“If the agent chooses bundle A over bundle B, where both bundles are available, it is revealed that he directly prefers A over B.” —Paul Samuelson, “A note on the pure theory of a consumer’s behavior,” Economica, 1938.
“Freedom is independence of the compulsory will of another […] the one sole original, inborn right belonging to every man in virtue of his humanity.” —Immanuel Kant, The Metaphysics of Morals,1797.
1. Sign Here!
“I am sorry for the rough treatment. You are a good boy and did not deserve this. But you know, these are treacherous times and my men are on edge. Forgive them. Just sign here and off you go. With my apologies.”
The secret police officer seemed sincere and Yiorgos, the twenty-year-old Athens University student he was addressing, was relieved that his ordeal at the hands of the lowly security men, who had apprehended him on the steps of the Chemistry Department, was at an end. But then, as he began to read the statement the officer was asking him to sign, a cold chill ran down his spine. The typewritten page simply stated, “I hereby denounce, truly and in all sincerity, communism, those who promote it, and their various fellow travelers.”
Trembling with fear, he put the pen down, summoned all the gentleness of the French Enlightenment-sourced liberalism that his mother, Anna, had instilled in him over the years, and said: “Sir, I am no Buddhist but I would never sign a state document denouncing Buddhism. I am not a Muslim but I do not think the state has the right to ask of me to denounce Islam. Similarly, I am not a Communist but I see no reason for being asked to denounce communism.”
That conversation took place in the fall of 1945, at an Athens police station gearing up for the impending second phase of the civil war that marked Greece’s postwar history so indelibly. Thus, Yiorgos’s civil liberties argument stood no chance. In his defense, he had no way of knowing, having only recently arrived from Cairo, where he was born and raised in the bosom of a Greek community that enjoyed all the trappings of middle-class affluence denied to the Egyptian masses and, indeed, to the Greeks living in Greece.
Having given up a cushy job at a Cairo bank, so as to study chemistry in the land of his Greek father, Yiorgos arrived in Athens in January 1945, only a month after the conclusion of the first phase of the Greek Civil War, which was the Cold War’s first episode. A fragile peace deal between Left and Right prevailed upon his arrival, giving him a false sense that his decision to migrate from the bourgeois vestiges of Cairo to an Athens reeking with tension and hunger was not too foolish.
This illusion was further bolstered on the first week of the semester when he was approached by student activists of both the Left and the Right who saw in him an ideal compromise candidate for president of the students’ association, untainted as he was by either side of politics and a potential symbol of the prevailing truce. Lured by the ‘honor’ of being endorsed by both sides of student politics, he accepted. And when, shortly afterward, the university authorities doubled tuition fees at a time when students wallowed in absolute poverty, Yiorgos paid the rector a visit, arguing as best he could against the fee hike. As he walked out of that meeting, students working for the secret police manhandled him into a waiting van.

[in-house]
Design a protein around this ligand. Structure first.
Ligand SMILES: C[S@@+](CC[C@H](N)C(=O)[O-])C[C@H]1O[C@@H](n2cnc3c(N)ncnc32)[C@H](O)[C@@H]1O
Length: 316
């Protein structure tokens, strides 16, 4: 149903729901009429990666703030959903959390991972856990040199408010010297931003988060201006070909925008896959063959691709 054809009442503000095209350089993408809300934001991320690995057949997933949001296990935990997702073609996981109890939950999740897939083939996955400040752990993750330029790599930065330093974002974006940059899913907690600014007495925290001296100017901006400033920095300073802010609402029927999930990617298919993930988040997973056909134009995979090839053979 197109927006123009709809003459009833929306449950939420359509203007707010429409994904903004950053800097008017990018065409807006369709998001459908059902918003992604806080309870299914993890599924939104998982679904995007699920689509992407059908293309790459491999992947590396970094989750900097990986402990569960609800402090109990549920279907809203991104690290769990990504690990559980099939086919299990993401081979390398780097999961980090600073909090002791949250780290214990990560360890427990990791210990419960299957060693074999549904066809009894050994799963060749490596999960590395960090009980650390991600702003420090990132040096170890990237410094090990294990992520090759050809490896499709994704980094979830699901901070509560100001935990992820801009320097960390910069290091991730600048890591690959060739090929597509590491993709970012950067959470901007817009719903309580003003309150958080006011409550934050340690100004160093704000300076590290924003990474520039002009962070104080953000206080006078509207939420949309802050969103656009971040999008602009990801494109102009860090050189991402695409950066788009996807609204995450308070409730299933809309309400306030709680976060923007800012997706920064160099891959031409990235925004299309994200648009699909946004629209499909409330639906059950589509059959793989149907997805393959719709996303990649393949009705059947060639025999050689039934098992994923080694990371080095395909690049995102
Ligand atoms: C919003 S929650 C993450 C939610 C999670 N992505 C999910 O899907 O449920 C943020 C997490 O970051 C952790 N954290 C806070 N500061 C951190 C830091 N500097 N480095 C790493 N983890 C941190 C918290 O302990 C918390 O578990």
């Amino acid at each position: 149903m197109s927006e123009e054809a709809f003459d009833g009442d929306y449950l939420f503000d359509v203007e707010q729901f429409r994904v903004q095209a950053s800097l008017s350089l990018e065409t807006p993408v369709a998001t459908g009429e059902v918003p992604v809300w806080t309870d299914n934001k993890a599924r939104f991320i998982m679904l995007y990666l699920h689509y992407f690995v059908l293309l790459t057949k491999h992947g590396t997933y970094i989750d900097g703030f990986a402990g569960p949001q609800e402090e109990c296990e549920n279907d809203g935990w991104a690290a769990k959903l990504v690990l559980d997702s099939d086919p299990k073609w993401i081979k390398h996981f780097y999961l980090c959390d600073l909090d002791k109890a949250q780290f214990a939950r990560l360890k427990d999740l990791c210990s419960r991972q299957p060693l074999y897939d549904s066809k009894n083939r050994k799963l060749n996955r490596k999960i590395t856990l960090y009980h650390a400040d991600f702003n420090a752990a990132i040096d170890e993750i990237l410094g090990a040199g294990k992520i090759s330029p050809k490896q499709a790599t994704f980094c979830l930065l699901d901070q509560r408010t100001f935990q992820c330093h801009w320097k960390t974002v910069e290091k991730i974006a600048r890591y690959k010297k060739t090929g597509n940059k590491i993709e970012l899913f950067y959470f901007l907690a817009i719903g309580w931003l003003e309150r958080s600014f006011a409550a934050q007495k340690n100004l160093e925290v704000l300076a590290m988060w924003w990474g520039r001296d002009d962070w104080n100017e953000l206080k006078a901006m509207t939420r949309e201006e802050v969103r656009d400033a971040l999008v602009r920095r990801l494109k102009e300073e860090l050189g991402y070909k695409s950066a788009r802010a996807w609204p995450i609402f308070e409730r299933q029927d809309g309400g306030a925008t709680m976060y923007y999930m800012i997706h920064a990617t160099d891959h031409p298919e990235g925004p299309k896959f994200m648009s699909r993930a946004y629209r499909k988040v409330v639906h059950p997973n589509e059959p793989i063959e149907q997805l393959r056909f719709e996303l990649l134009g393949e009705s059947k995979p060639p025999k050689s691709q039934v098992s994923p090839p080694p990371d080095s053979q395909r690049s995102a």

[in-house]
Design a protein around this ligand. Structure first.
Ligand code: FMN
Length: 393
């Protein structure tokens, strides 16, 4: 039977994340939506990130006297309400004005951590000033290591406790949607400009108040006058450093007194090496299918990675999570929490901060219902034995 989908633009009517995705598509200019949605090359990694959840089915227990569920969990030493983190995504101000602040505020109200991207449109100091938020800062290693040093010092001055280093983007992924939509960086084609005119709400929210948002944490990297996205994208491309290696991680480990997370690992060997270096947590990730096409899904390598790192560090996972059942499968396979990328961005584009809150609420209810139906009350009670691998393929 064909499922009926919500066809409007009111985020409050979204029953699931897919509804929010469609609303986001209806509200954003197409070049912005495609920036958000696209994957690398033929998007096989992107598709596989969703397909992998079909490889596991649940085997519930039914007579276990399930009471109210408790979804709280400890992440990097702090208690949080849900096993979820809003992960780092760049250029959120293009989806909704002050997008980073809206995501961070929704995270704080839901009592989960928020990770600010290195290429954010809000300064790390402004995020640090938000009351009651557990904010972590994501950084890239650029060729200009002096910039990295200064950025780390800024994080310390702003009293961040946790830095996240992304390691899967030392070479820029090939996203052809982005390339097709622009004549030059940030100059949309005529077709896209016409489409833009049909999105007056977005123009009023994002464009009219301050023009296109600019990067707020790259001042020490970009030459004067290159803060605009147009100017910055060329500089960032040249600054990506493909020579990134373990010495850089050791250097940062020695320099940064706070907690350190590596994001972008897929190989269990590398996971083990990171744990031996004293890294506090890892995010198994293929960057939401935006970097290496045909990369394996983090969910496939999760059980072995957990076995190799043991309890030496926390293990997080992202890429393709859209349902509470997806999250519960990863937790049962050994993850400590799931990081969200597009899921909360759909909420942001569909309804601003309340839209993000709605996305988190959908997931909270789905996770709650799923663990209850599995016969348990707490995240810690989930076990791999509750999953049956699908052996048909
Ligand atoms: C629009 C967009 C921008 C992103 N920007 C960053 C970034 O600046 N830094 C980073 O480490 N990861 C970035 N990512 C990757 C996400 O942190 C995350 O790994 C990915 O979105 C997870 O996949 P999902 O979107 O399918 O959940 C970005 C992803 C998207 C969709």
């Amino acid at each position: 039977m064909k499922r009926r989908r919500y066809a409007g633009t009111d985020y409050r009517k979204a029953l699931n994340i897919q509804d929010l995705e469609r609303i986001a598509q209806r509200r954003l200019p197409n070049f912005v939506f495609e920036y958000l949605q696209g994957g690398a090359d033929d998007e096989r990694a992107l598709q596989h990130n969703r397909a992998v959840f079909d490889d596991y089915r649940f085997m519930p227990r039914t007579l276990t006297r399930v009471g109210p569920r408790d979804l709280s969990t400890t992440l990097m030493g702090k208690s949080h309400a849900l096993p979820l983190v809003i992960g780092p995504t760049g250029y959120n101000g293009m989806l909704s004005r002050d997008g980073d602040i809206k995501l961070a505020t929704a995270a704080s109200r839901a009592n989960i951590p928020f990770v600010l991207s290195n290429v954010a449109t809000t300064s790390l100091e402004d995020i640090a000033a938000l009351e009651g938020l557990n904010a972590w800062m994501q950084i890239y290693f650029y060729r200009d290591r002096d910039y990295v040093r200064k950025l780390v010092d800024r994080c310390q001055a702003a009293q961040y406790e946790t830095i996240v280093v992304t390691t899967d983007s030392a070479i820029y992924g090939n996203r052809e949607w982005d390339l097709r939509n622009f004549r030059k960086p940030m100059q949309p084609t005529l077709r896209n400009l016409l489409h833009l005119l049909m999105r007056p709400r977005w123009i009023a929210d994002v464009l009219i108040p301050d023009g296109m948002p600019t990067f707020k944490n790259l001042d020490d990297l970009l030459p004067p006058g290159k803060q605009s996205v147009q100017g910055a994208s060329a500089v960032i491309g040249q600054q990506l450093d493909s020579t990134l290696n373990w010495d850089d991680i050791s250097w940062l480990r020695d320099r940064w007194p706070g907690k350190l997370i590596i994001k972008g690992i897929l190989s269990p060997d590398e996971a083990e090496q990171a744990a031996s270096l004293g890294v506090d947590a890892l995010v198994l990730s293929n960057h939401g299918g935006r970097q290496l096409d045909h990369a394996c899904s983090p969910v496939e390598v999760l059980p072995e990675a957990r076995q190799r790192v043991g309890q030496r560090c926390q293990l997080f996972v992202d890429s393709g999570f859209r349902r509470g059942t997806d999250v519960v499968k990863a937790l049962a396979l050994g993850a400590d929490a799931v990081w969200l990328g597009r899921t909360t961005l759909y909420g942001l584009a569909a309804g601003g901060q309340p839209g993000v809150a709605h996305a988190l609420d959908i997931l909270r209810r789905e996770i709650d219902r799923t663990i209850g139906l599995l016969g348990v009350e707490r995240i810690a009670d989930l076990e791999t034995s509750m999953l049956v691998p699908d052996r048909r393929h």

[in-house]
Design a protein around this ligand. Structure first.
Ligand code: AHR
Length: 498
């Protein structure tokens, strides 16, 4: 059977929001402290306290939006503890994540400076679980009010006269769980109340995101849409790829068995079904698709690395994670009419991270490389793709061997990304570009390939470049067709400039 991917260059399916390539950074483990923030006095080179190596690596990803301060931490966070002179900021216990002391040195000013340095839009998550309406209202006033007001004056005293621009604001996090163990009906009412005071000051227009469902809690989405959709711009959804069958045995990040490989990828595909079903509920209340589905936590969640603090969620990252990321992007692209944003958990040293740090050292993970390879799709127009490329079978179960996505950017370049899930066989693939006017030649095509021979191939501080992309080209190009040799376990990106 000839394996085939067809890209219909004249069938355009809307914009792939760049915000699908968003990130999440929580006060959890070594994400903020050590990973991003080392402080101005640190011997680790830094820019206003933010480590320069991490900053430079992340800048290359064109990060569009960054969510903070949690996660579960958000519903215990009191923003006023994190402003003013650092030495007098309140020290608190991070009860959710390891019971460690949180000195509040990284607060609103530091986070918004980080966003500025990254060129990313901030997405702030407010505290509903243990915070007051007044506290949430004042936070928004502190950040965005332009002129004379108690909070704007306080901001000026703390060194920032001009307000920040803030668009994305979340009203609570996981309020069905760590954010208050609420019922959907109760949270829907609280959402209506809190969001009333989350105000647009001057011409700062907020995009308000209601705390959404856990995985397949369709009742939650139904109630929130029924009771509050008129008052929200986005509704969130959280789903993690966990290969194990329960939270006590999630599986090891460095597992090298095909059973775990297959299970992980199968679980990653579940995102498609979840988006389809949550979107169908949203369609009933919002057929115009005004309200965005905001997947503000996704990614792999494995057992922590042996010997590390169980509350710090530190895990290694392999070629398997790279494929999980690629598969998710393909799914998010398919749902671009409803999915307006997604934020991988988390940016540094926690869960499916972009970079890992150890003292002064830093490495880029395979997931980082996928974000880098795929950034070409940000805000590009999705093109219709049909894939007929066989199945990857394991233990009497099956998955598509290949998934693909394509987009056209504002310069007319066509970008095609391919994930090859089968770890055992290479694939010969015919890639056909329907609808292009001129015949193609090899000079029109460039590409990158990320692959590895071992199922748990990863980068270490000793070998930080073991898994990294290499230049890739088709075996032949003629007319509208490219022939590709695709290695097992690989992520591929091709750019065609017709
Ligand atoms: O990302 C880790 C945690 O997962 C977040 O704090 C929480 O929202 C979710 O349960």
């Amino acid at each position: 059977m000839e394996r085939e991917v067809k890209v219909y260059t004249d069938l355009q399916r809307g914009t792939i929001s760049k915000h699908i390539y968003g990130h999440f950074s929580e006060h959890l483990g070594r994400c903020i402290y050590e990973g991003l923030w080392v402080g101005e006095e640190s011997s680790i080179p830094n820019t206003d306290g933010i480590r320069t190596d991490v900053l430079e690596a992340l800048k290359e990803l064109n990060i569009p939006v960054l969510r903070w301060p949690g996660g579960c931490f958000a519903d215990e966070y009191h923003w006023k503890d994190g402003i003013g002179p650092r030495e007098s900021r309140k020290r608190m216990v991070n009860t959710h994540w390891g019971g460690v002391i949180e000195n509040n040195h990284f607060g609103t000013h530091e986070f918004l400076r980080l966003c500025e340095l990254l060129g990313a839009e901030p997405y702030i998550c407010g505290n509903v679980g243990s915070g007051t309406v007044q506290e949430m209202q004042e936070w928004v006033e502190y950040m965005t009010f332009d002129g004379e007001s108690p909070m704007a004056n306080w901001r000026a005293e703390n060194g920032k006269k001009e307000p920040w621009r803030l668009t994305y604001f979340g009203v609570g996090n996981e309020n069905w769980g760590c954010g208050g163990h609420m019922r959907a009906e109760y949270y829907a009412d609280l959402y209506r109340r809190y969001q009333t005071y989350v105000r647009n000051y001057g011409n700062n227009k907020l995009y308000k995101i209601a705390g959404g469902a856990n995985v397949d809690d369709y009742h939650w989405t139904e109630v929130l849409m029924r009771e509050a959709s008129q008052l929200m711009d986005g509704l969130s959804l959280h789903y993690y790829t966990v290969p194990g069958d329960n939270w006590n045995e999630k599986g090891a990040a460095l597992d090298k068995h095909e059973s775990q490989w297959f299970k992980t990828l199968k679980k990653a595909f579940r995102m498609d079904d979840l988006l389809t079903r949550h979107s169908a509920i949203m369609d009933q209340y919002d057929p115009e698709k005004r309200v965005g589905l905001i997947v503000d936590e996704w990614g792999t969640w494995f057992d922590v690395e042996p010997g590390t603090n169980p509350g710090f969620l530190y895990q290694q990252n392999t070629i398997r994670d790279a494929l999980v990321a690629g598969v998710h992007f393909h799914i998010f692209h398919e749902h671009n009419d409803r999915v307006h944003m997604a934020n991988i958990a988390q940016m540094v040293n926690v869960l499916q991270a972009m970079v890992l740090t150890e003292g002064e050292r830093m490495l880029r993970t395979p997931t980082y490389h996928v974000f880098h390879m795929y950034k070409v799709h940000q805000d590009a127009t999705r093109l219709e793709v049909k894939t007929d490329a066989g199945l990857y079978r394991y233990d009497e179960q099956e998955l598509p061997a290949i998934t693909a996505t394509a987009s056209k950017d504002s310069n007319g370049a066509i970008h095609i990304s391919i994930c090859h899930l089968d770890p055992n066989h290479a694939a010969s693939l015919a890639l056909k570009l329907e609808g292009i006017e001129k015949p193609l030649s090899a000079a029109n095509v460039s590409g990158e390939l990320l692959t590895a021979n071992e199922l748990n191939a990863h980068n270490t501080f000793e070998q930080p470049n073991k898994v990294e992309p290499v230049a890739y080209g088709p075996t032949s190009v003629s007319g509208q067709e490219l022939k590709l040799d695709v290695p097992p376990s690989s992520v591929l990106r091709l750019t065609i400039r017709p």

The young student leader’s reluctance to sign the denunciation document incensed the officer who summoned his underlings for a fresh round of beatings. With every blow the pain and terror pushed Yiorgos deeper into the contradiction of, on the one hand, craving to succumb while, on the other, feeling increasingly unwilling to sign. With every strike, every swearword, his signature on the denunciation document appeared to him less and less feasible. The longer the torture continued, the less at liberty he felt to do as he pleased—to sign, end the pain, and go home the same day. Thus, it was not for another five tortuous years, in a variety of cells and concentration camps, before Yiorgos would step out of his incarceration, into a grim society that neither knew of his peculiar choice nor really cared.
2. The Cells of Preference
With stories like Yiorgos’s littering my mind, my career as a student of economics, decades later, in England, was doomed from the outset. “If one chooses A over B,” professed my microeconomics lecturer in the first semester of my undergraduate experience, back in 1978, “it must axiomatically be true that one directly prefers A over B.” 1See the above quotation from Paul Samuelson, one of the first economists to have won the prize in honor of Alfred Nobel. “No it does not, you fool!” I wanted to yell at him.
Perhaps my whole career since, as an unbelieving economist, boils down to that violent clash between the economists’ professional obsession with the idea that our free actions reveal our preferences and my conviction that our humanity’s penchant for liberty is reaffirmed from the odd occasion when they do not.